It is appropriate to remember that it was the Fico’s minister of Economy who has re-started the Meciar’s project, and it is very important to remind our readers, the current ownership structure of the consortium: The shares in the joint venture Bratislava – Schwechat Pipeline GmbH, are same as in 2005, nonetheless the sole owner of Transpetrol a.s. is the Slovak Republic represented by Slovak Ministry of Economy. It is the same ministry, which is governed by Mr. Ľubomír Jahnátek (of Fico’s SMER-SD).

While the project is of small economic importance to Slovakia (EUR 30-90M per year if the whole capacity was utilized, less amortization and operating costs of transit depending on the split of revenue and the level of tariff, which are not known; in case the transit on the whole territory of Slovakia is considered, which is cca 0.03-0.09% of GDP), the risks for the country are too high. Besides the ecological risks from building the pipeline through the aquifer, there are additional economic risks. Pipeline, could improve the possibility of OMV's Schwechat refinery to compete with the Bratislava's MOL-Slovnaft refinery, thus potentially endangering the employment and tax revenues in Slovakia. Economic competition is a positive, nonetheless, not when the negative externalities are to be borne unilaterally by Slovakia.

Therefore what is really puzzling is why, the government and party of Robert Fico is supporting projects which are of minimal benefit for Slovakia and make more
sense for Russia and Austria?

Regardless of the recent PR statements of Robert Fico saying, that while he is the prime minister, there will be no pipeline, and he does not understand why this is still making news. PM Fico has a track record of proposing projects of questionable value for Slovakia, while at the same time of real benefit for Russia. Recently, he agreed to fund a feasibility study to build a wide-gauge railroad through Slovakia, thus enabling direct rail connection from Russia to Austria. Similarly to the pipeline, this project has negative costs to Slovakia and lacks the commensurate benefits. While the railroad is different story, similarly to pipeline it increases the revenues and tax incomes of Slovakia’s neighbors at the costs of Slovakia. (Since the recently modernized rail transfer terminal Cierna nad Tisov in the high-unemployment burdened east of Slovakia would go out of business if the rail link to Vienna is completed)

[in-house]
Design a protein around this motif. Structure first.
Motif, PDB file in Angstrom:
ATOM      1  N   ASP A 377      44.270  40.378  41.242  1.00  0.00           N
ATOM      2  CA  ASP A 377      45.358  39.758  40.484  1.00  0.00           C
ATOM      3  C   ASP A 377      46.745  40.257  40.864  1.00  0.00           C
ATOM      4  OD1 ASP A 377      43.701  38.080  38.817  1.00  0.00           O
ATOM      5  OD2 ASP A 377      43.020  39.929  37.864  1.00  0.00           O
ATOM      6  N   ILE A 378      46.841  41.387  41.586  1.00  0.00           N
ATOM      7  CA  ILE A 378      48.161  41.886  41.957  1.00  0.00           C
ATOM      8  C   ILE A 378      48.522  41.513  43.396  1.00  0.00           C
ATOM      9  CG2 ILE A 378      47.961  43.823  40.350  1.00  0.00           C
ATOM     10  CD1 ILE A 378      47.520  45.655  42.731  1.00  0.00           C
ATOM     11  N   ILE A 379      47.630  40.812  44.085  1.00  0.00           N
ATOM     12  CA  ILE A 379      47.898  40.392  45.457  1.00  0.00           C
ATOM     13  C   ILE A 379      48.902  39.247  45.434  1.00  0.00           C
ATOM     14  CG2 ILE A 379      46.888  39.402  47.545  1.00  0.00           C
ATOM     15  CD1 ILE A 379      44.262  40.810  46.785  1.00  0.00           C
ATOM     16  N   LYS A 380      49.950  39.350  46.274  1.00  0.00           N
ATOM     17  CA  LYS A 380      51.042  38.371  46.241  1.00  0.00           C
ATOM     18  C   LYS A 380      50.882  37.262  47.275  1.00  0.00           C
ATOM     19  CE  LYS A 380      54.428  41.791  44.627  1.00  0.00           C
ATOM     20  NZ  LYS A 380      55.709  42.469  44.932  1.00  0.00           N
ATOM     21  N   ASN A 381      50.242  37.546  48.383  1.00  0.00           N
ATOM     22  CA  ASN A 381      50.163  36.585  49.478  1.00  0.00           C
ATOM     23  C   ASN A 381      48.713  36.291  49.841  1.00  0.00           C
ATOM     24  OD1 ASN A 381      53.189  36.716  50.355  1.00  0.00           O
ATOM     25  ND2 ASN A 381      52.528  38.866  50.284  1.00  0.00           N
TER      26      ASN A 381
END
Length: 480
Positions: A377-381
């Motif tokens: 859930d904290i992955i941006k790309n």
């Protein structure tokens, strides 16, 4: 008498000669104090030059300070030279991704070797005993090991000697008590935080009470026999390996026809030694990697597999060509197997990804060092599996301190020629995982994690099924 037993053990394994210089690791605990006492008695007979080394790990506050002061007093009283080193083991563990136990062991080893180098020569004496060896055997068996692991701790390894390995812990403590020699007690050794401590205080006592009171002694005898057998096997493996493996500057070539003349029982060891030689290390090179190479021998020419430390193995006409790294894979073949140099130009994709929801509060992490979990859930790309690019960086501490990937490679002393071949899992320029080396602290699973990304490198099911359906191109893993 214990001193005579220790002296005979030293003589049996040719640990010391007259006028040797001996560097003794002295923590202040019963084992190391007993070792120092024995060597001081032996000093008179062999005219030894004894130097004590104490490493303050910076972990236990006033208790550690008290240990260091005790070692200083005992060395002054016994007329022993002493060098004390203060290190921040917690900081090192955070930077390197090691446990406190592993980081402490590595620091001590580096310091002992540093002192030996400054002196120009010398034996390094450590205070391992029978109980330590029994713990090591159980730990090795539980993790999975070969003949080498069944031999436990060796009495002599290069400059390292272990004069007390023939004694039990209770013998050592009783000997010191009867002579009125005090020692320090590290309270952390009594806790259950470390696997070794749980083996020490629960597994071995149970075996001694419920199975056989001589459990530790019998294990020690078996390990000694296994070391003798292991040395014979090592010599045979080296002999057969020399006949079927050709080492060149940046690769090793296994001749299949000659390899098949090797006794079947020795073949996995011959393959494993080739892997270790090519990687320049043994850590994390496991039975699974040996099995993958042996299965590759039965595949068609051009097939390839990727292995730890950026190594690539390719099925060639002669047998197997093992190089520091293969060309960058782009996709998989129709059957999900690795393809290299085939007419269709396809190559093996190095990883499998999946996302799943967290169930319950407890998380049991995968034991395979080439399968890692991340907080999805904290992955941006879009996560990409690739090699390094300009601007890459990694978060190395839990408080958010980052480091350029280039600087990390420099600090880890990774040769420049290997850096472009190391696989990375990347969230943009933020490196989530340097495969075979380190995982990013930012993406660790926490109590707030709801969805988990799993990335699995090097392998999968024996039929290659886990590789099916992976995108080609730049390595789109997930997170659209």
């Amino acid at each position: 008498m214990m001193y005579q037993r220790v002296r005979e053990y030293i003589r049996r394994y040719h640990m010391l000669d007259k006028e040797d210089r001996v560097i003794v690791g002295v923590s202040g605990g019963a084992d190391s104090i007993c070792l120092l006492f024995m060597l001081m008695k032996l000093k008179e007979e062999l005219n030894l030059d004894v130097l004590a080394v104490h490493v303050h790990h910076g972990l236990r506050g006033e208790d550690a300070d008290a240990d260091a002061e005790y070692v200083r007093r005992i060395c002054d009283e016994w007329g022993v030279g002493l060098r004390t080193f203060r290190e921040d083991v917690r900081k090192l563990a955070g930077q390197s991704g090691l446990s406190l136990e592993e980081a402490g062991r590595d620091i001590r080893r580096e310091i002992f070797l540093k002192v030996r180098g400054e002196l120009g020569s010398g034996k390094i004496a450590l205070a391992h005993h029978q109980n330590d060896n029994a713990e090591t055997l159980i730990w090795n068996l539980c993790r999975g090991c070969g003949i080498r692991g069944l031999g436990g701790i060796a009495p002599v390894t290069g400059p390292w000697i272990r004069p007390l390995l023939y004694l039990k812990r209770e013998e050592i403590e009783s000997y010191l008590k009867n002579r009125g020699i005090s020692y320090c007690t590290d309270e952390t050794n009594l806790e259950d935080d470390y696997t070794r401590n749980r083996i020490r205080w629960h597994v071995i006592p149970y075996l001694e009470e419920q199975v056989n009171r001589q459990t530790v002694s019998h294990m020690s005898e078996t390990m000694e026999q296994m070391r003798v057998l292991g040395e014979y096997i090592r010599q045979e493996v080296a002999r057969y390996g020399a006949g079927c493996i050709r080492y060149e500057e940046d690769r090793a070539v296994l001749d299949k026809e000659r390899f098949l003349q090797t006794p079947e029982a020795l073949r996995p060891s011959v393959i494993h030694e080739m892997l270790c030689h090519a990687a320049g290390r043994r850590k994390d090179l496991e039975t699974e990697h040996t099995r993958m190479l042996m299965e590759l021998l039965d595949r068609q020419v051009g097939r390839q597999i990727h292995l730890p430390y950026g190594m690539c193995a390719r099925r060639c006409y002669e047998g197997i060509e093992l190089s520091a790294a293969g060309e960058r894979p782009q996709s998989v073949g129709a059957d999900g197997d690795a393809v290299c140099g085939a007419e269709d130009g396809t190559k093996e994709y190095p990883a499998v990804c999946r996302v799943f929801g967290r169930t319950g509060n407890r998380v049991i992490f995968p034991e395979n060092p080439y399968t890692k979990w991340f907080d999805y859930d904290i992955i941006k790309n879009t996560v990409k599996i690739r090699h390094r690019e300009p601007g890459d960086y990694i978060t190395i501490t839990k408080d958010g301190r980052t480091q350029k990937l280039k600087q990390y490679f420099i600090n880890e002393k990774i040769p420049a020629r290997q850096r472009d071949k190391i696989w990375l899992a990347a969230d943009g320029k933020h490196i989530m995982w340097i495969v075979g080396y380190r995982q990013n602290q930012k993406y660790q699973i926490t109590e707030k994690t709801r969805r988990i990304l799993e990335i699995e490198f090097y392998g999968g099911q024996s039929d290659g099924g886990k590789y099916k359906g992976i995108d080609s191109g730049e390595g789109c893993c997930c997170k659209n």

The energy security argument, although mentioned by the politicians, does not work in this case. The theoretical possibility for Slovakia, to import oil from Austria and thus further diversify its oil supplies is unrealistic and not feasible. The AWP pipeline from Adriatic to Wiena does not have sufficient capacity to supply both Austria and Slovakia, (through the new pipeline in reverse mode) should a need arise, this has also been a reason why in early nineties, diversification for Czechoslovakia was not done via AWP but via TAL through Ingolstadt to Kralupy and Litvinov.

Moreover, Slovakia is already connected to Adriatic via Adria-pipeline connection shared with Hungary, which could supply additional oil in case of crisis, or need for price-motivated diversification of MOL owned Bratislava based refinery. Finally, if the rationale has been security, Fico’s government should not have turned down the offer from MERO, we have written about previously.

It therefore remains puzzling why is Mr. Fico acting more in the interest of Russia (and Austria) than in the interest of the country he has been elected to be a prime minister of.